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Chemical process modeling is a computer modeling technique used in chemical engineering process design. It typically involves using purpose-built software to define a system of interconnected components,which are then solved so that the steady-state or dynamic behavior of the system can be predicted. The system components and connections are represented as a process flow diagram. Simulations can be as simple as the mixing of two substances in a tank, or as complex as an entire alumina refinery.
Chemical process modeling requires a knowledge of the properties of the chemicals involved in the simulation,as well as the physical properties and characteristics of the components of the system, such as tanks, pumps, pipes, pressure vessels, and so on.
Systems engineering is an interdisciplinary field of engineering and engineering management that focuses on how to design, integrate, and manage complex systems over their life cycles. At its core, systems engineering utilizes systems thinking principles to organize this body of knowledge. The individual outcome of such efforts, an engineered system, can be defined as a combination of components that work in synergy to collectively perform a useful function.
Computer-aided design (CAD) is the use of computers to aid in the creation, modification, analysis, or optimization of a design. CAD software is used to increase the productivity of the designer, improve the quality of design, improve communications through documentation, and to create a database for manufacturing. CAD output is often in the form of electronic files for print, machining, or other manufacturing operations. The term CADD is also used.
A simulation is an approximate imitation of the operation of a process or system; that represents its operation over time.
Aluminium oxide (IUPAC name) or aluminum oxide (American English) is a chemical compound of aluminium and oxygen with the chemical formula Al2O3. It is the most commonly occurring of several aluminium oxides, and specifically identified as aluminium(III) oxide. It is commonly called alumina and may also be called aloxide, aloxite, or alundum depending on particular forms or applications. It occurs naturally in its crystalline polymorphic phase α-Al2O3 as the mineral corundum, varieties of which form the precious gemstones ruby and sapphire. Al2O3 is significant in its use to produce aluminium metal, as an abrasive owing to its hardness, and as a refractory material owing to its high melting point.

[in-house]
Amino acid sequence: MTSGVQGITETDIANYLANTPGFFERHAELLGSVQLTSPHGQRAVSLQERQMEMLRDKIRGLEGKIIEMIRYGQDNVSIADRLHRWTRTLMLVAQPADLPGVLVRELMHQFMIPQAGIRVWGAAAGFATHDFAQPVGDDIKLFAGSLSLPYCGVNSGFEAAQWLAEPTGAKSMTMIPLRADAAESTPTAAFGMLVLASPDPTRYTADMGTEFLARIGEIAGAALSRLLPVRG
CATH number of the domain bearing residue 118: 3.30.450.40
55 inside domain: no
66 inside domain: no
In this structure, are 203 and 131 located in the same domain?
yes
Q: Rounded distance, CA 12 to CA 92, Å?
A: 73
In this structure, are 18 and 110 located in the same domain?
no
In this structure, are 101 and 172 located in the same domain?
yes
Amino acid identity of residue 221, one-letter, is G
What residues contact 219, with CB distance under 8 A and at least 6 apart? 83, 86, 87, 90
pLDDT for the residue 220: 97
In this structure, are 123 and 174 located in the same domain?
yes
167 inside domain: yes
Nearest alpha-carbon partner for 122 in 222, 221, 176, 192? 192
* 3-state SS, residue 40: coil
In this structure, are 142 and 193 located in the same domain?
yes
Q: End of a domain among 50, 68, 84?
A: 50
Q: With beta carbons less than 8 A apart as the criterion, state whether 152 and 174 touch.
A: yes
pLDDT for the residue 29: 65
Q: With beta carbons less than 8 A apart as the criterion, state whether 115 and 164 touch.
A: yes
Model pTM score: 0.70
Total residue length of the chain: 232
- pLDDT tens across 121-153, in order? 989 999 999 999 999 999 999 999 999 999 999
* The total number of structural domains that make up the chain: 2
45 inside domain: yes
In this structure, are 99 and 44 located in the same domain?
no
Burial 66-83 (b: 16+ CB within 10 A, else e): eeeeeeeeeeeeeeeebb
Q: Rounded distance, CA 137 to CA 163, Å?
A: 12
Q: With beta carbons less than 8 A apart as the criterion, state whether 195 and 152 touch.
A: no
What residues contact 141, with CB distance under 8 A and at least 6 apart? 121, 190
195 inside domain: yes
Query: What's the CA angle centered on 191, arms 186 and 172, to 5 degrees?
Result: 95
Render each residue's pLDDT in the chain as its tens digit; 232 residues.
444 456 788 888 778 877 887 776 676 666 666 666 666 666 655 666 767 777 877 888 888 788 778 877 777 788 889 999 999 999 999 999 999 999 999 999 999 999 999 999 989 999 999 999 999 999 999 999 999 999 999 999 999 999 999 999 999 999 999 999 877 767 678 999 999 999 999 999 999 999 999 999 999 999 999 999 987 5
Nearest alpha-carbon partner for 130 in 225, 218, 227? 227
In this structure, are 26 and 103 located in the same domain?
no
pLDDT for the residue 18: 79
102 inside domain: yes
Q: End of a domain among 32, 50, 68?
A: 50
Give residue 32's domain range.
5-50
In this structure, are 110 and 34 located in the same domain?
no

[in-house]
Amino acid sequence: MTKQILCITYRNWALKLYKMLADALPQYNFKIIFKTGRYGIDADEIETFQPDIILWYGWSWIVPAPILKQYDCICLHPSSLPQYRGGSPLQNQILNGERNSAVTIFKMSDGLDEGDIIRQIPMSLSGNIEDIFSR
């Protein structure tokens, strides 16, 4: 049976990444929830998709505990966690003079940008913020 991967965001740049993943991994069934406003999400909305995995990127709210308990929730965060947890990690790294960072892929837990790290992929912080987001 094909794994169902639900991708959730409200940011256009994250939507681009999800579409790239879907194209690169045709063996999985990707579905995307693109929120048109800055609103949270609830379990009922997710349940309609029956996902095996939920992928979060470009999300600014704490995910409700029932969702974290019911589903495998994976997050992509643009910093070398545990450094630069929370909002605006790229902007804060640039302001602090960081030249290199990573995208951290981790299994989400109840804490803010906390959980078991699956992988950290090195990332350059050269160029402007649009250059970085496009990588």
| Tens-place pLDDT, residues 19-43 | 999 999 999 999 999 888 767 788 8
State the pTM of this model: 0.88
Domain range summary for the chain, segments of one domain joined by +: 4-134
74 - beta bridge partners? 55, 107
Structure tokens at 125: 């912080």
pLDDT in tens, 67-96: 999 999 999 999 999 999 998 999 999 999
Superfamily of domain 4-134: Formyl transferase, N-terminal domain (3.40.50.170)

An oil refinery or petroleum refinery is an industrial process plant where crude oil is transformed and refined into more useful products such as petroleum naphtha, gasoline, diesel fuel, asphalt base, heating oil, kerosene, liquefied petroleum gas, jet fuel and fuel oils. Petrochemicals feed stock like ethylene and propylene can also be produced directly by cracking crude oil without the need of using refined products of crude oil such as naphtha.
Slag is the glass-like by-product left over after a desired metal has been separated from its raw ore. Slag is usually a mixture of metal oxides and silicon dioxide. However, slags can contain metal sulfides and elemental metals. While slags are generally used to remove waste in metal smelting, they can also serve other purposes, such as assisting in the temperature control of the smelting, and minimizing any re-oxidation of the final liquid metal product before the molten metal is removed from the furnace and used to make solid metal. In some smelting processes, such as ilmenite smelting to produce titanium dioxide, the slag is the valuable product instead of the metal.
Computer simulation is the process of mathematical modelling, performed on a computer, which is designed to predict the behaviour of or the outcome of a real-world or physical system. Since they allow to check the reliability of chosen mathematical models, computer simulations have become a useful tool for the mathematical modeling of many natural systems in physics, astrophysics, climatology, chemistry, biology and manufacturing, as well as human systems in economics, psychology, social science, health care and engineering. Simulation of a system is represented as the running of the system's model. It can be used to explore and gain new insights into new technology and to estimate the performance of systems too complex for analytical solutions.